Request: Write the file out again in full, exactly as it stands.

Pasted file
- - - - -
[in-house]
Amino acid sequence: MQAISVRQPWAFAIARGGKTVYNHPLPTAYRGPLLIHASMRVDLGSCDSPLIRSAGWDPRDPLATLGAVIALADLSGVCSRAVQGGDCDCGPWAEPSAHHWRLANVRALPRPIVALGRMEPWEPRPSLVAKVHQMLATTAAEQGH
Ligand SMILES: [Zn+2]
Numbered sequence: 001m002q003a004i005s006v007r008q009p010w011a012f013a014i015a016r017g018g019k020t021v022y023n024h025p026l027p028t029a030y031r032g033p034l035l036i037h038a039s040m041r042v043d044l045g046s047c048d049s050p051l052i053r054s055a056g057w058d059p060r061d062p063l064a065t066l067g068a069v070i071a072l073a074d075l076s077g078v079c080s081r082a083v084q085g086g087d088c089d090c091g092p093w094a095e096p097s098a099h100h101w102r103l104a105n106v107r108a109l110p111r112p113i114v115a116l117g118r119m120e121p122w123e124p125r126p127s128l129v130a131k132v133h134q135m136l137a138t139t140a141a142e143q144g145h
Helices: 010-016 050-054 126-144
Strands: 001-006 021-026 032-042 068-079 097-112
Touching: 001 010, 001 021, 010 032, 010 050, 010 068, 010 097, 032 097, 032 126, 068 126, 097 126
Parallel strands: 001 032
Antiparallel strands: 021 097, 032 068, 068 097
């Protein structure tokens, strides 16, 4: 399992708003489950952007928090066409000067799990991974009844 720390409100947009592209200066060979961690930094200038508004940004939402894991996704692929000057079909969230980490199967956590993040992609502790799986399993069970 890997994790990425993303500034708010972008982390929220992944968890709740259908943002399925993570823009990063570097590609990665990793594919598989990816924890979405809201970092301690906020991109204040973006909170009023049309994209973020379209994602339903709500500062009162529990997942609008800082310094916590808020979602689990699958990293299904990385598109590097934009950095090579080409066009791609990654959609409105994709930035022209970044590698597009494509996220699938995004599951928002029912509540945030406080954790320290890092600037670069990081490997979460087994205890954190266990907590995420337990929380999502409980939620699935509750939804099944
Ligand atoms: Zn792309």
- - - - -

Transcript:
[in-house]
Amino acid sequence: MQAISVRQPWAFAIARGGKTVYNHPLPTAYRGPLLIHASMRVDLGSCDSPLIRSAGWDPRDPLATLGAVIALADLSGVCSRAVQGGDCDCGPWAEPSAHHWRLANVRALPRPIVALGRMEPWEPRPSLVAKVHQMLATTAAEQGH
Ligand SMILES: [Zn+2]
Numbered sequence: 001m002q003a004i005s006v007r008q009p010w011a012f013a014i015a016r017g018g019k020t021v022y023n024h025p026l027p028t029a030y031r032g033p034l035l036i037h038a039s040m041r042v043d044l045g046s047c048d049s050p051l052i053r054s055a056g057w058d059p060r061d062p063l064a065t066l067g068a069v070i071a072l073a074d075l076s077g078v079c080s081r082a083v084q085g086g087d088c089d090c091g092p093w094a095e096p097s098a099h100h101w102r103l104a105n106v107r108a109l110p111r112p113i114v115a116l117g118r119m120e121p122w123e124p125r126p127s128l129v130a131k132v133h134q135m136l137a138t139t140a141a142e143q144g145h
Helices: 010-016 050-054 126-144
Strands: 001-006 021-026 032-042 068-079 097-112
Touching: 001 010, 001 021, 010 032, 010 050, 010 068, 010 097, 032 097, 032 126, 068 126, 097 126
Parallel strands: 001 032
Antiparallel strands: 021 097, 032 068, 068 097
């Protein structure tokens, strides 16, 4: 399992708003489950952007928090066409000067799990991974009844 720390409100947009592209200066060979961690930094200038508004940004939402894991996704692929000057079909969230980490199967956590993040992609502790799986399993069970 890997994790990425993303500034708010972008982390929220992944968890709740259908943002399925993570823009990063570097590609990665990793594919598989990816924890979405809201970092301690906020991109204040973006909170009023049309994209973020379209994602339903709500500062009162529990997942609008800082310094916590808020979602689990699958990293299904990385598109590097934009950095090579080409066009791609990654959609409105994709930035022209970044590698597009494509996220699938995004599951928002029912509540945030406080954790320290890092600037670069990081490997979460087994205890954190266990907590995420337990929380999502409980939620699935509750939804099944
Ligand atoms: Zn792309």